After looking around AGAIN and making sure I didn't miss a single thing, I felt satisfied. If I hadn't discovered Joey's treat jar issue right away, who knows how long it would have been before the moths came back. 

These are the food storage containers I bought. (Amazon affiliate link) They came in a pack of 24 various-sized containers (with labels). I like them!

food storage containers

Things I learned either from this experience or reading on the web:

- Store all food in air-tight food storage containers. The little plastic bag clips don't count.
- Inspect food before bringing it into the house (most people who find pantry moths unknowingly brought them home in a contaminated item from the store).
- Only buy what will fit into the containers (I can't store an extra bag of flour in the pantry, for instance, unless it's in a sealed container).
- Pantry moths don't mean that your house is dirty; like I said, they are usually brought inside from a contaminated food item (like a box of pasta, for instance, which then gets put on a shelf).
- The food doesn't have to be expired or old for them to camp out. Most of the food in my pantry was relatively new; and definitely not expired.
- Finally, don't ever EVER bring animal-grade peanuts into the house! Hahaha. 

It was a very exhausting lesson to learn. And yes, Joey got new treats! Poor dog.

And on the seventh day, she rested. (Well, it was the third day, but it felt like seven!)


  1. Wow. I have read stories about pantry moths but have never seen one yet (knock on wood!). One thing I do try to do is whenever I buy rice and flour, I always put the bags in the freezer for 24 hours before transferring to airtight containers. This kills any larvae that might be in the bags. Kind of gross to think they're in there in the first place, but at least they're dead! I should do this with dried beans as well, I have never thought of that.

  2. I just went through this same thing. We now have everything in containers as well but I’m still seeing a few pantry moths ( not always in the kitchen). I’m not sure how to completely get rid of them.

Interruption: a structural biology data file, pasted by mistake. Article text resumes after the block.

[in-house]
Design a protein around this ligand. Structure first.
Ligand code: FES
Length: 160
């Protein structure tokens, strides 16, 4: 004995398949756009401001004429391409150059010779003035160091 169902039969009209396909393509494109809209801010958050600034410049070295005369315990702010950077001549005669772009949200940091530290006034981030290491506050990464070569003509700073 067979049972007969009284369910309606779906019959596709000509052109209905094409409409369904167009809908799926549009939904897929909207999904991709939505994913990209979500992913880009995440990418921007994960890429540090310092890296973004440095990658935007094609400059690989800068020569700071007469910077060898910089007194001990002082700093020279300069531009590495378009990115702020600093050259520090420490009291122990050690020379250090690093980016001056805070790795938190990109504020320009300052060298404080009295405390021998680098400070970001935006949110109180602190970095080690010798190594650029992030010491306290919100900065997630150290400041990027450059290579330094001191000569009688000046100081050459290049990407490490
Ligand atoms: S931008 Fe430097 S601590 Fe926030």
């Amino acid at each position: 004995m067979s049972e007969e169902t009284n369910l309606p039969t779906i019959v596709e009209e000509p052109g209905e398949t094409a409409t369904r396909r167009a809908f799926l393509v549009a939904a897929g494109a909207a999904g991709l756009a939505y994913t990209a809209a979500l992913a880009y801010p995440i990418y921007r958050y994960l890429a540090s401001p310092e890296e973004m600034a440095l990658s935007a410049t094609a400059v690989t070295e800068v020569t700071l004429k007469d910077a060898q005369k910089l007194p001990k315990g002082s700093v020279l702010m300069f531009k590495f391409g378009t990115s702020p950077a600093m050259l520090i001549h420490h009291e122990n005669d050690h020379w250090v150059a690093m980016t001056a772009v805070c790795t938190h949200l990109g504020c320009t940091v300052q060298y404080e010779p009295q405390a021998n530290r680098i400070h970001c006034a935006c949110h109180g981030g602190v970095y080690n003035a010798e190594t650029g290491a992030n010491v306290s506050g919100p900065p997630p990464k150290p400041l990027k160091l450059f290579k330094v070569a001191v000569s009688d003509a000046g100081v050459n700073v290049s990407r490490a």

3. Yikes!!! No need for you to run that day. You got a full body workout.

  4. Omg what?! I have never heard of these before!! I shouldn't have been eating my breakfast while reading this story lol! ;) Wow I am going straight home tonight after work and looking over my entire pantry. I am so sorry you had to deal with this! But I also appreciate that this is making me aware of such of a thing! Ugh what a pain!

  5. Def. have my skin crawling now! We had a mouse infestation a couple years ago and did similar things with the air tight containers...but I only bake one or two times a year and am now wondering about my flour...and sugar...

  6. *Runs off to inspect pantry in a panic* Lol!

  7. Yep, I'll be cleaning my pantry this weekend.

  8. Yes, what a pain! I've never heard of those, but we had some little brown ?bugs in our dry goods. They weren't moving, but we had to get rid of flour and pasta. They had to have come right from the grocery store, and there were a lot of the things!

  9. O.M.G. I swear the larvae in rice is one of my biggest nightmares - I seriously have had dreams about them. I am truly horrified for you, that sounds like an awful experience. I would be scarred/traumatized for a VERY long time after that. Cool containers, I'm going to have my husband order some. Immediately. Like yesterday.

  10. We had the same thing happen with birdseed. The bag was in our garage briefly and a few came in our house. Thankfully it wasn't as bad but we never do anything except leave it outside now. They are awful!

  11. That is crazy! I never heard of them before. If you wanted to buy flour ahead (I do a lot of baking and always have lots of extra flour), I keep mine in one of those big plastic totes.

  12. I've not dealt with pantry moths, but living in a 120+ year old house in the country, mice are a constant problem, basically no matter what you do. I don't live in the country any more, but almost everything in my cupboards is kept in glass jars with airtight lids because once you find mouse chewed holes in anything, its like the moths- you will change everything you possibly can so you never have to deal with it again.

  13. UGH! This gave me the sweats! We have had them too! Brought in from a contaminated cereal box from the store. It is NO JOKE! I've started keeping our nuts and rice in the freezer for this very reason! Hopefully you don't find another source!